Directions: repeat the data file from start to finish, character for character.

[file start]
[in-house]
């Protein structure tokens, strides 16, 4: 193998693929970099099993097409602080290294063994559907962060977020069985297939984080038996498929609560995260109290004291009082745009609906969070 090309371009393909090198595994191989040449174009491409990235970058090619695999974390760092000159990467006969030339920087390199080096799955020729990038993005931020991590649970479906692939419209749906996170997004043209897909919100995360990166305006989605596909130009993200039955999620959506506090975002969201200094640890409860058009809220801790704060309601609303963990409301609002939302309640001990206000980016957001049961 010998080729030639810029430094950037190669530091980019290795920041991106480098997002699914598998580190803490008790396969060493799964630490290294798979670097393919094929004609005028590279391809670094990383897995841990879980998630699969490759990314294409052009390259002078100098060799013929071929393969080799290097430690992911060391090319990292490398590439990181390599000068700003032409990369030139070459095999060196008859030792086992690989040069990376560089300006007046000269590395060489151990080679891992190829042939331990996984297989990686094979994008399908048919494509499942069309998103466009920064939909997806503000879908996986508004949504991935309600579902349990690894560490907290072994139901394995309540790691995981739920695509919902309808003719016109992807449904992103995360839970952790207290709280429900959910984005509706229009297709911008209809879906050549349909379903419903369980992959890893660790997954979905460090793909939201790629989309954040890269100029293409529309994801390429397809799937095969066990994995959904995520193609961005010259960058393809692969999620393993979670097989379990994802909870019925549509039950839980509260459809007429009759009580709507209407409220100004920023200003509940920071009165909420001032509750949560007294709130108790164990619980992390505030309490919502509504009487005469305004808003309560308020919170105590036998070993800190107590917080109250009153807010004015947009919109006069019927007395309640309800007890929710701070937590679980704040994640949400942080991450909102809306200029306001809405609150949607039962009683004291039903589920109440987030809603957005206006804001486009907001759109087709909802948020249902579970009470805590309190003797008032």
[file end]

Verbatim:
[in-house]
């Protein structure tokens, strides 16, 4: 193998693929970099099993097409602080290294063994559907962060977020069985297939984080038996498929609560995260109290004291009082745009609906969070 090309371009393909090198595994191989040449174009491409990235970058090619695999974390760092000159990467006969030339920087390199080096799955020729990038993005931020991590649970479906692939419209749906996170997004043209897909919100995360990166305006989605596909130009993200039955999620959506506090975002969201200094640890409860058009809220801790704060309601609303963990409301609002939302309640001990206000980016957001049961 010998080729030639810029430094950037190669530091980019290795920041991106480098997002699914598998580190803490008790396969060493799964630490290294798979670097393919094929004609005028590279391809670094990383897995841990879980998630699969490759990314294409052009390259002078100098060799013929071929393969080799290097430690992911060391090319990292490398590439990181390599000068700003032409990369030139070459095999060196008859030792086992690989040069990376560089300006007046000269590395060489151990080679891992190829042939331990996984297989990686094979994008399908048919494509499942069309998103466009920064939909997806503000879908996986508004949504991935309600579902349990690894560490907290072994139901394995309540790691995981739920695509919902309808003719016109992807449904992103995360839970952790207290709280429900959910984005509706229009297709911008209809879906050549349909379903419903369980992959890893660790997954979905460090793909939201790629989309954040890269100029293409529309994801390429397809799937095969066990994995959904995520193609961005010259960058393809692969999620393993979670097989379990994802909870019925549509039950839980509260459809007429009759009580709507209407409220100004920023200003509940920071009165909420001032509750949560007294709130108790164990619980992390505030309490919502509504009487005469305004808003309560308020919170105590036998070993800190107590917080109250009153807010004015947009919109006069019927007395309640309800007890929710701070937590679980704040994640949400942080991450909102809306200029306001809405609150949607039962009683004291039903589920109440987030809603957005206006804001486009907001759109087709909802948020249902579970009470805590309190003797008032």